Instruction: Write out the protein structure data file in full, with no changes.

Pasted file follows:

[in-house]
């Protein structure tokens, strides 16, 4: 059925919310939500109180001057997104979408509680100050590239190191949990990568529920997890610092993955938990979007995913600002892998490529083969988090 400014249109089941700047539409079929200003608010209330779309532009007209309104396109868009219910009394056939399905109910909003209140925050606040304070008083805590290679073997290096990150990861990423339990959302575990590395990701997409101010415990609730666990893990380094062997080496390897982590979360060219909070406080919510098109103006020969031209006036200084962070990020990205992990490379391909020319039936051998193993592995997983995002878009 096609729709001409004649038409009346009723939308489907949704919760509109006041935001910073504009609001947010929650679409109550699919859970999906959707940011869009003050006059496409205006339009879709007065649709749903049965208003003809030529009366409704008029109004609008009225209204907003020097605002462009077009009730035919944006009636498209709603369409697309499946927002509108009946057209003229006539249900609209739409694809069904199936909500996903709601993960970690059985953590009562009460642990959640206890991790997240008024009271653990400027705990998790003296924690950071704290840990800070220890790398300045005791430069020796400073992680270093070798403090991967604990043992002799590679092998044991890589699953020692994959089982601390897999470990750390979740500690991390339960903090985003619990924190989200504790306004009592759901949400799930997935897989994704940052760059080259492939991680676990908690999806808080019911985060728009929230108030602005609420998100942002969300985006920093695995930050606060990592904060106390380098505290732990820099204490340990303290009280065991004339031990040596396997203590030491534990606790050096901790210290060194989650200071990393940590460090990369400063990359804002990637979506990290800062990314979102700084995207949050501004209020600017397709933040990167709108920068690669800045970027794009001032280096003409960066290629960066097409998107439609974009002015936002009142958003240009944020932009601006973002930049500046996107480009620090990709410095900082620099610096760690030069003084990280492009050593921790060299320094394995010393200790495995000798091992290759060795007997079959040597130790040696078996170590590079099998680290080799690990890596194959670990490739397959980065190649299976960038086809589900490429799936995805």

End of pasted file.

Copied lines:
[in-house]
């Protein structure tokens, strides 16, 4: 059925919310939500109180001057997104979408509680100050590239190191949990990568529920997890610092993955938990979007995913600002892998490529083969988090 400014249109089941700047539409079929200003608010209330779309532009007209309104396109868009219910009394056939399905109910909003209140925050606040304070008083805590290679073997290096990150990861990423339990959302575990590395990701997409101010415990609730666990893990380094062997080496390897982590979360060219909070406080919510098109103006020969031209006036200084962070990020990205992990490379391909020319039936051998193993592995997983995002878009 096609729709001409004649038409009346009723939308489907949704919760509109006041935001910073504009609001947010929650679409109550699919859970999906959707940011869009003050006059496409205006339009879709007065649709749903049965208003003809030529009366409704008029109004609008009225209204907003020097605002462009077009009730035919944006009636498209709603369409697309499946927002509108009946057209003229006539249900609209739409694809069904199936909500996903709601993960970690059985953590009562009460642990959640206890991790997240008024009271653990400027705990998790003296924690950071704290840990800070220890790398300045005791430069020796400073992680270093070798403090991967604990043992002799590679092998044991890589699953020692994959089982601390897999470990750390979740500690991390339960903090985003619990924190989200504790306004009592759901949400799930997935897989994704940052760059080259492939991680676990908690999806808080019911985060728009929230108030602005609420998100942002969300985006920093695995930050606060990592904060106390380098505290732990820099204490340990303290009280065991004339031990040596396997203590030491534990606790050096901790210290060194989650200071990393940590460090990369400063990359804002990637979506990290800062990314979102700084995207949050501004209020600017397709933040990167709108920068690669800045970027794009001032280096003409960066290629960066097409998107439609974009002015936002009142958003240009944020932009601006973002930049500046996107480009620090990709410095900082620099610096760690030069003084990280492009050593921790060299320094394995010393200790495995000798091992290759060795007997079959040597130790040696078996170590590079099998680290080799690990890596194959670990490739397959980065190649299976960038086809589900490429799936995805």